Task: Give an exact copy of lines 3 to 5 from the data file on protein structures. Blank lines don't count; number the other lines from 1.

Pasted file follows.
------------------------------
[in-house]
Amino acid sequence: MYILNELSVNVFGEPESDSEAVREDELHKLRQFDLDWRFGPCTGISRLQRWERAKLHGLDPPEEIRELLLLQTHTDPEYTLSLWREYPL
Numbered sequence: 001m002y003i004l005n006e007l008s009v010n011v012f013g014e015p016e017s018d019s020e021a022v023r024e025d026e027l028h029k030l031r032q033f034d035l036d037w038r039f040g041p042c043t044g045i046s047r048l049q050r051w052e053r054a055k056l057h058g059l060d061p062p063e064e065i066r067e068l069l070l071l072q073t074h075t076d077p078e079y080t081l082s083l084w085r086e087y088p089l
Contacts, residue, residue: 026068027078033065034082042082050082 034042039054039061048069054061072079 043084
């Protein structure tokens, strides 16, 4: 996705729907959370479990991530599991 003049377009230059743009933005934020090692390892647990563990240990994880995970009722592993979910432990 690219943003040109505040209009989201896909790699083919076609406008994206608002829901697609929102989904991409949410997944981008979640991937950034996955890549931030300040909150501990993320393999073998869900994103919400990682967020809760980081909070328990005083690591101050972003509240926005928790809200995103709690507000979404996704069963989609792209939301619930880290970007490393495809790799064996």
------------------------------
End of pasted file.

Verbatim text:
Numbered sequence: 001m002y003i004l005n006e007l008s009v010n011v012f013g014e015p016e017s018d019s020e021a022v023r024e025d026e027l028h029k030l031r032q033f034d035l036d037w038r039f040g041p042c043t044g045i046s047r048l049q050r051w052e053r054a055k056l057h058g059l060d061p062p063e064e065i066r067e068l069l070l071l072q073t074h075t076d077p078e079y080t081l082s083l084w085r086e087y088p089l
Contacts, residue, residue: 026068027078033065034082042082050082 034042039054039061048069054061072079 043084
């Protein structure tokens, strides 16, 4: 996705729907959370479990991530599991 003049377009230059743009933005934020090692390892647990563990240990994880995970009722592993979910432990 690219943003040109505040209009989201896909790699083919076609406008994206608002829901697609929102989904991409949410997944981008979640991937950034996955890549931030300040909150501990993320393999073998869900994103919400990682967020809760980081909070328990005083690591101050972003509240926005928790809200995103709690507000979404996704069963989609792209939301619930880290970007490393495809790799064996």